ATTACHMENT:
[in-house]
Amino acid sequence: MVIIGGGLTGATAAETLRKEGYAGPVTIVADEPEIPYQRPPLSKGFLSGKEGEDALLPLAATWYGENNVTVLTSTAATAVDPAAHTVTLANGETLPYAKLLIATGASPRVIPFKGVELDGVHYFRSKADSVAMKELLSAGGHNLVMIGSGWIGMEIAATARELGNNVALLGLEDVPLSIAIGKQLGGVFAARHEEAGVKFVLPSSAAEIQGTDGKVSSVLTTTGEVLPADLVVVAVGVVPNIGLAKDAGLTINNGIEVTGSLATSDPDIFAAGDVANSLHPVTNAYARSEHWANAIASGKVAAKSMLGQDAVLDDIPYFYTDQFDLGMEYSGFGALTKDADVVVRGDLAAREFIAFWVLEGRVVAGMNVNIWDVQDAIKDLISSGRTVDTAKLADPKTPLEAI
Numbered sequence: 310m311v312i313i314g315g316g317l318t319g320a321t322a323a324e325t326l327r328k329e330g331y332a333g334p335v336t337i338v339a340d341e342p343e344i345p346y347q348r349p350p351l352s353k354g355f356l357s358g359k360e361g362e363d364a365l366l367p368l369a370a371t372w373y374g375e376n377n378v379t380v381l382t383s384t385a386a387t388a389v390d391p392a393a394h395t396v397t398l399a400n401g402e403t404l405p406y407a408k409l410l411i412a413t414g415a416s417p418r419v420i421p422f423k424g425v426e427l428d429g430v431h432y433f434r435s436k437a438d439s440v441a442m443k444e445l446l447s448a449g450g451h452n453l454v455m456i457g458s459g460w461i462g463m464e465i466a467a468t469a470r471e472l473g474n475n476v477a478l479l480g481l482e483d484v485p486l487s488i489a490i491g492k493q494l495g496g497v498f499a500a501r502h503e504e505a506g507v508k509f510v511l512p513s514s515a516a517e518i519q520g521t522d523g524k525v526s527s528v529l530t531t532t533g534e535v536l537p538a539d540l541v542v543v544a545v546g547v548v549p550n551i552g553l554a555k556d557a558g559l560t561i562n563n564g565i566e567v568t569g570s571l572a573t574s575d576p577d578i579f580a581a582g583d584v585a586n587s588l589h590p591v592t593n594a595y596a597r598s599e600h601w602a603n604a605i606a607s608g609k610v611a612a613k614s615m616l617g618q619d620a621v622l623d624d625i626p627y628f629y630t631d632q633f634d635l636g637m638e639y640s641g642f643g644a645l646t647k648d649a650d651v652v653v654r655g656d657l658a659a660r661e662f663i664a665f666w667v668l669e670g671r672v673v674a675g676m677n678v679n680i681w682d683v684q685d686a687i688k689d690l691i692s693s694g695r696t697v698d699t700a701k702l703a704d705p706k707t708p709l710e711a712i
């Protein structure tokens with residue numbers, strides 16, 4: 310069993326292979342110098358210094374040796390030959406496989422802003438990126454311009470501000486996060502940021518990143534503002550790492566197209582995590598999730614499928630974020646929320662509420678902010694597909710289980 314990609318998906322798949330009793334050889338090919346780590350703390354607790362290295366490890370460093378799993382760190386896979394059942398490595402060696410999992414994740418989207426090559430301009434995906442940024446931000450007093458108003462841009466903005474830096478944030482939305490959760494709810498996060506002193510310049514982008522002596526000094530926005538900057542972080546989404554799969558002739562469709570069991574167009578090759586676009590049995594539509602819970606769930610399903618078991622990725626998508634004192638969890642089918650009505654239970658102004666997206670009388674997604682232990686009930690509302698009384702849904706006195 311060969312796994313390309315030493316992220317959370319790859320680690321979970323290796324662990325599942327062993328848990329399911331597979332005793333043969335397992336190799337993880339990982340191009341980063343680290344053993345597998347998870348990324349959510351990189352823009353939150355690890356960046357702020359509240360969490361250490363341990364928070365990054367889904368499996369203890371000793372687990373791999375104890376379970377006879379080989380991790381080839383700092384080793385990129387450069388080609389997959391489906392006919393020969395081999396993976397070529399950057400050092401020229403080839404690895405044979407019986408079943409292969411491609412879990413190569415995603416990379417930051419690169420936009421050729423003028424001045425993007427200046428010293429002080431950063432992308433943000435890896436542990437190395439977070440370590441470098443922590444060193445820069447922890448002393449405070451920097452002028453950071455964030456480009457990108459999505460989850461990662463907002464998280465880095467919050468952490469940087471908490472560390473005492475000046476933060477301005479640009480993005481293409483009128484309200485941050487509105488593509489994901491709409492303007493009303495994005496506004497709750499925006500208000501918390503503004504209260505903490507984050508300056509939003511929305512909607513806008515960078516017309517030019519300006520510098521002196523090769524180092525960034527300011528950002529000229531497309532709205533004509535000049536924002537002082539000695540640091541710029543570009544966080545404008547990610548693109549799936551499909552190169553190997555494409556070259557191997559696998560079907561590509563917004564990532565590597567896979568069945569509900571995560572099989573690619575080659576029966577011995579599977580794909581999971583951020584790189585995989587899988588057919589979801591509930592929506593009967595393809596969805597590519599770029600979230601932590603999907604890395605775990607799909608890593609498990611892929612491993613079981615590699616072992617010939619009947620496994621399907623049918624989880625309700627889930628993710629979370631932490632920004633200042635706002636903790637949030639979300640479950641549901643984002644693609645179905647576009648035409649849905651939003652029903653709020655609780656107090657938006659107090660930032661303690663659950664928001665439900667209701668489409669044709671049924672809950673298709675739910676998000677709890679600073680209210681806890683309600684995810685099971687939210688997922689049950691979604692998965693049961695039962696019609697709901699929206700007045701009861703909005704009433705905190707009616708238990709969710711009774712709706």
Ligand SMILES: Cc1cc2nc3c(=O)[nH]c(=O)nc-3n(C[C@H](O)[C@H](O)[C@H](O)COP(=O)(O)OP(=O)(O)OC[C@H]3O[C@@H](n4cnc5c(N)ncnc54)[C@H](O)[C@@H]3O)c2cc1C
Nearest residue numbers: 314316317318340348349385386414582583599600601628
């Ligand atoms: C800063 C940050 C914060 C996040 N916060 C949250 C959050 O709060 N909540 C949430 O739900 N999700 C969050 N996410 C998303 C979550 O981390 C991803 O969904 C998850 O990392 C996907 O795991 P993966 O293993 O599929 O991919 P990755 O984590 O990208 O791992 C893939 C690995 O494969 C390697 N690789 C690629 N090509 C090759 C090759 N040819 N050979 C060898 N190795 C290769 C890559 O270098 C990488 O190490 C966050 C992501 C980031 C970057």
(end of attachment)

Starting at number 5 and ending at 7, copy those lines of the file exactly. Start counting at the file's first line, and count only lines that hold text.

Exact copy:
Ligand SMILES: Cc1cc2nc3c(=O)[nH]c(=O)nc-3n(C[C@H](O)[C@H](O)[C@H](O)COP(=O)(O)OP(=O)(O)OC[C@H]3O[C@@H](n4cnc5c(N)ncnc54)[C@H](O)[C@@H]3O)c2cc1C
Nearest residue numbers: 314316317318340348349385386414582583599600601628
């Ligand atoms: C800063 C940050 C914060 C996040 N916060 C949250 C959050 O709060 N909540 C949430 O739900 N999700 C969050 N996410 C998303 C979550 O981390 C991803 O969904 C998850 O990392 C996907 O795991 P993966 O293993 O599929 O991919 P990755 O984590 O990208 O791992 C893939 C690995 O494969 C390697 N690789 C690629 N090509 C090759 C090759 N040819 N050979 C060898 N190795 C290769 C890559 O270098 C990488 O190490 C966050 C992501 C980031 C970057």